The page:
Two experts in finance and pension fund management recently teamed up to write a new book aimed at helping pension fund boards make better decisions in an increasingly complex and competitive environment.
Martijn Vos, chief operating officer at Ortec Finance, a Rotterdam, Netherlands-based risk management consultant, and Alfred Slager, professor of pension fund management at TIAS School for Business and Society in Tilburg, Netherlands, drew from their roughly 50 years of combined experience in the field to write the book "Decision Making for Pension Boards: How to Make Good Decisions and Get Things Done," which came out in early October.
Noting that global pension boards are currently overseeing assets of some $48 trillion — an amount equal to the combined GDP of the U.S., China, Germany and Japan — the authors lay out ways that pension plans can manage for both the short-term and long-term, particularly during periods of economic crisis.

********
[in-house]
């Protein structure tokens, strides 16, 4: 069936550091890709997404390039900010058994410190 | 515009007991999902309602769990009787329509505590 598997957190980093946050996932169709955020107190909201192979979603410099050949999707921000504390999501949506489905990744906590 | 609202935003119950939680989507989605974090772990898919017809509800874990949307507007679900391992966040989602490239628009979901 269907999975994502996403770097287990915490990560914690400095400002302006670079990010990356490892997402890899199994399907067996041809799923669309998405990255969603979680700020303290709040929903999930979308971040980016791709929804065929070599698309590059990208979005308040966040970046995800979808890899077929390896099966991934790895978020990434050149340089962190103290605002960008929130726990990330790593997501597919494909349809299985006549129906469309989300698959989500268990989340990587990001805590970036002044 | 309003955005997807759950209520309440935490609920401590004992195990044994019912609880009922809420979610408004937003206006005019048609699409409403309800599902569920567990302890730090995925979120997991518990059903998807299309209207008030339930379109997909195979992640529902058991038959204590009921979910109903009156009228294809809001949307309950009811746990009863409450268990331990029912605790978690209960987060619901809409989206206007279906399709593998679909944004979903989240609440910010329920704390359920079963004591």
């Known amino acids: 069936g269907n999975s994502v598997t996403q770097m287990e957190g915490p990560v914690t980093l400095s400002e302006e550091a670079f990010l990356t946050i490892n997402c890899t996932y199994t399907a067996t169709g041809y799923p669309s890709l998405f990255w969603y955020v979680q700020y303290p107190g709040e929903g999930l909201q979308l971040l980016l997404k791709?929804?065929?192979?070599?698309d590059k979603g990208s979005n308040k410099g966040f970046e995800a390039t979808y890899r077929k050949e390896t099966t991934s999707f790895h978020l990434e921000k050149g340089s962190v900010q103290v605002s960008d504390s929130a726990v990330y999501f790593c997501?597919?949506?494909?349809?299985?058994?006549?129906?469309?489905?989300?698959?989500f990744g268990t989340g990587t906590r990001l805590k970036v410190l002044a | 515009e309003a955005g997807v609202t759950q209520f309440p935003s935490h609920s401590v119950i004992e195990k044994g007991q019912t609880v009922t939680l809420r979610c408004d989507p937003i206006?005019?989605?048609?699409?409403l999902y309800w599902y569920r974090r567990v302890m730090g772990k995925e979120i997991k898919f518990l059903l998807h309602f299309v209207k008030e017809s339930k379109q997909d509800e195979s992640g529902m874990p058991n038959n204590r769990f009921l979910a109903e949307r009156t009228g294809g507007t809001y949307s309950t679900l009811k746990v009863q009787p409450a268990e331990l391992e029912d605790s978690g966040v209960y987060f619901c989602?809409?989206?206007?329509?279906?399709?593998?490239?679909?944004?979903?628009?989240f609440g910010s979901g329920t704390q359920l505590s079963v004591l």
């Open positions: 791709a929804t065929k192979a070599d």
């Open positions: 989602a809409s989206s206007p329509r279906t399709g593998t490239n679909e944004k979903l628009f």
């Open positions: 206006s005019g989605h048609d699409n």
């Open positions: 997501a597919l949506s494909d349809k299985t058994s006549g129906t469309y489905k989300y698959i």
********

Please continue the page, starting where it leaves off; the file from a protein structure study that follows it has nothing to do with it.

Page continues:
"There are no manuals to help pension boards and we sought to help create one they can use," said Vos, who has advised institutional clients since 1995. "We especially focus on how to use models effectively in their decision-making protocols."
The book presents examples of how good governance and decision-making, particularly in asset allocation, has led to consistently good returns at some funds, while citing other boards whose poor decisions led to weak returns by missing recovering markets. The book also discusses how strategic asset allocation modeling and asset-liability modeling can be improved to help boost returns,
"While many (boards) are working hard to make good decisions, there is a lot of room for improvement," said Slager, who has held various positions in the pension fund industry, including at ABP, the €450 billion ($477 billion) Dutch pension fund, where he is currently the investment committee chair and a non-executive board member. "Good decisions help achieve better retirement outcomes," he said.
While the authors are both based in the Netherlands, the advice applies to pension funds in Europe, Asia and North America, they said. However, the authors concede that there are some key differences between U.S. and European pension boards, such as with ESG, which is facing a backlash from conservatives in the U.S., but is deeply established in Europe.